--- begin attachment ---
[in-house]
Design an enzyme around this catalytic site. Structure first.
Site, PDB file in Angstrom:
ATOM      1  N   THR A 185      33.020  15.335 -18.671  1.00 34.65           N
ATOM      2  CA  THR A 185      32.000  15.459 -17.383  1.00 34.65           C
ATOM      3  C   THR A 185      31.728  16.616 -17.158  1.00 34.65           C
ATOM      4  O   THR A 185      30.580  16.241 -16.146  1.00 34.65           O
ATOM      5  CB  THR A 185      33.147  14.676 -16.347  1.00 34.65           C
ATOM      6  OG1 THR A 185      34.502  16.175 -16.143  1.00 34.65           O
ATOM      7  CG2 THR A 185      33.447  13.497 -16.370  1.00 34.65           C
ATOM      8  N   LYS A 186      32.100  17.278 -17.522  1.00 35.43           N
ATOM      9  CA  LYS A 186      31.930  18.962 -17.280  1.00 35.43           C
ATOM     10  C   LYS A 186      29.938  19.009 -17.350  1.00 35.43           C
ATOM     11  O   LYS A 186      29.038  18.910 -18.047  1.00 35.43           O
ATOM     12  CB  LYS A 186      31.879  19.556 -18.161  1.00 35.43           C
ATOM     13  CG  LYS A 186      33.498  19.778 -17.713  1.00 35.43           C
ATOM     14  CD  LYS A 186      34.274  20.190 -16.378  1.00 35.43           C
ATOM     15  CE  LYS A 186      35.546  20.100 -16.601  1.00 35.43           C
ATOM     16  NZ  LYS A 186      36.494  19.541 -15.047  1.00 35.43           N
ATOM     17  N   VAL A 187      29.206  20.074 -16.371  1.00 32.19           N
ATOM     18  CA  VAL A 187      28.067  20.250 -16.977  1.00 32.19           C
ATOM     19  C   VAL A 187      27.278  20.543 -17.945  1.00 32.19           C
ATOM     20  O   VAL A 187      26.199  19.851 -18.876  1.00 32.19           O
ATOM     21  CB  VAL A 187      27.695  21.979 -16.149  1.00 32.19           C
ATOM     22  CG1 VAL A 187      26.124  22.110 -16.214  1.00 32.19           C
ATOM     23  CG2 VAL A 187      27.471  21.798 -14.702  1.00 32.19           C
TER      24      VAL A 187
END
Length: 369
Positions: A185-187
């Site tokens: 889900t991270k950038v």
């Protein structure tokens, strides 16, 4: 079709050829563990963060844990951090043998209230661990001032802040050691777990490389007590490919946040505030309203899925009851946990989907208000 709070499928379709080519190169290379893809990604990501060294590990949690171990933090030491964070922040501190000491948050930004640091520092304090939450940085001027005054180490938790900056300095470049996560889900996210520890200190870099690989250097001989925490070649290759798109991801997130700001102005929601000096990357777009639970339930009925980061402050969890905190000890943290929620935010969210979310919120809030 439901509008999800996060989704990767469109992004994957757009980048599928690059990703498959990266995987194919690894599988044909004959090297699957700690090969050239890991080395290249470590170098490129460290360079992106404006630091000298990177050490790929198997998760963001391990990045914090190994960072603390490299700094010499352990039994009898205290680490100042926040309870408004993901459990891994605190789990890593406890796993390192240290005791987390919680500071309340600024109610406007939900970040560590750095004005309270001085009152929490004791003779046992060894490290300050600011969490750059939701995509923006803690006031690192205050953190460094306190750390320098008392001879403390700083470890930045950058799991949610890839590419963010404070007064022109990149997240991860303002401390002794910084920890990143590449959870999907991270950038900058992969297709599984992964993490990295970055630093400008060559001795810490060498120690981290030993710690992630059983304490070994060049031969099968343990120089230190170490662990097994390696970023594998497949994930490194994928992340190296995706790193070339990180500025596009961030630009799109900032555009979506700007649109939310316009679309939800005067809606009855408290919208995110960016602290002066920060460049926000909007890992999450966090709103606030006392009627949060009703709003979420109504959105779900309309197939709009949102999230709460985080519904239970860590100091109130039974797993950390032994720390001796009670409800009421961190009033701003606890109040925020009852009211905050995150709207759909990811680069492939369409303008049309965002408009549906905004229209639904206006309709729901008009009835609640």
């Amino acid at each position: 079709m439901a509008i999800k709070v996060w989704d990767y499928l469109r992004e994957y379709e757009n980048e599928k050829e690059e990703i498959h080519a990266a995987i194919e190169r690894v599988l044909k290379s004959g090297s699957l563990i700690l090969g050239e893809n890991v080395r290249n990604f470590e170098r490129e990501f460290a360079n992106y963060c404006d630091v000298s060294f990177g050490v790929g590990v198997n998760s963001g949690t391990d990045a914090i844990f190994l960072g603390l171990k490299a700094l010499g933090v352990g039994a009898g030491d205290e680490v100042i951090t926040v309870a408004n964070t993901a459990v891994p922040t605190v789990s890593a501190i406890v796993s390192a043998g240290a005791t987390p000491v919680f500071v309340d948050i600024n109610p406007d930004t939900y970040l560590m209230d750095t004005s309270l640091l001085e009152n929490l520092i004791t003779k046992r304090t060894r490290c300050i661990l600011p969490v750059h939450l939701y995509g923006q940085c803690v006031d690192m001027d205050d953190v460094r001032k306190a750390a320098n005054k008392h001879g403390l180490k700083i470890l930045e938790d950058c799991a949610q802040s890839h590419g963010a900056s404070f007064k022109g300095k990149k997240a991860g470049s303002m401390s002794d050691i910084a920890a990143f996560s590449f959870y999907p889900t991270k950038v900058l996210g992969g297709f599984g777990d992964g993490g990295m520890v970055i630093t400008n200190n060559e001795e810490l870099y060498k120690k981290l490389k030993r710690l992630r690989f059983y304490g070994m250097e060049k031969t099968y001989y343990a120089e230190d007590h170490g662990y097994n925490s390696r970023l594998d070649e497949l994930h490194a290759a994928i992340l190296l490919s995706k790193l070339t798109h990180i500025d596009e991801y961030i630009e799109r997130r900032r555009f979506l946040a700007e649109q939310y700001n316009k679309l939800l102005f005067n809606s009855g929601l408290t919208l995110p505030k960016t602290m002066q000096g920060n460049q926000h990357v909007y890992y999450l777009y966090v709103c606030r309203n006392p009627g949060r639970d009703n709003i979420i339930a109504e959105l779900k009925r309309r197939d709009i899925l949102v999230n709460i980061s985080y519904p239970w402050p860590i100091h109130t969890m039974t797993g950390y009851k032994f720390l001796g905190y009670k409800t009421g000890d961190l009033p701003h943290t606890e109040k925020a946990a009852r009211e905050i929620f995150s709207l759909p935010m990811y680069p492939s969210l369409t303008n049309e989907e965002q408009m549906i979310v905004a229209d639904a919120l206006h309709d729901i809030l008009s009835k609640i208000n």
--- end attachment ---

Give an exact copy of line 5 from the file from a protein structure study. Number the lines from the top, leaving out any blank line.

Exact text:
ATOM      2  CA  THR A 185      32.000  15.459 -17.383  1.00 34.65           C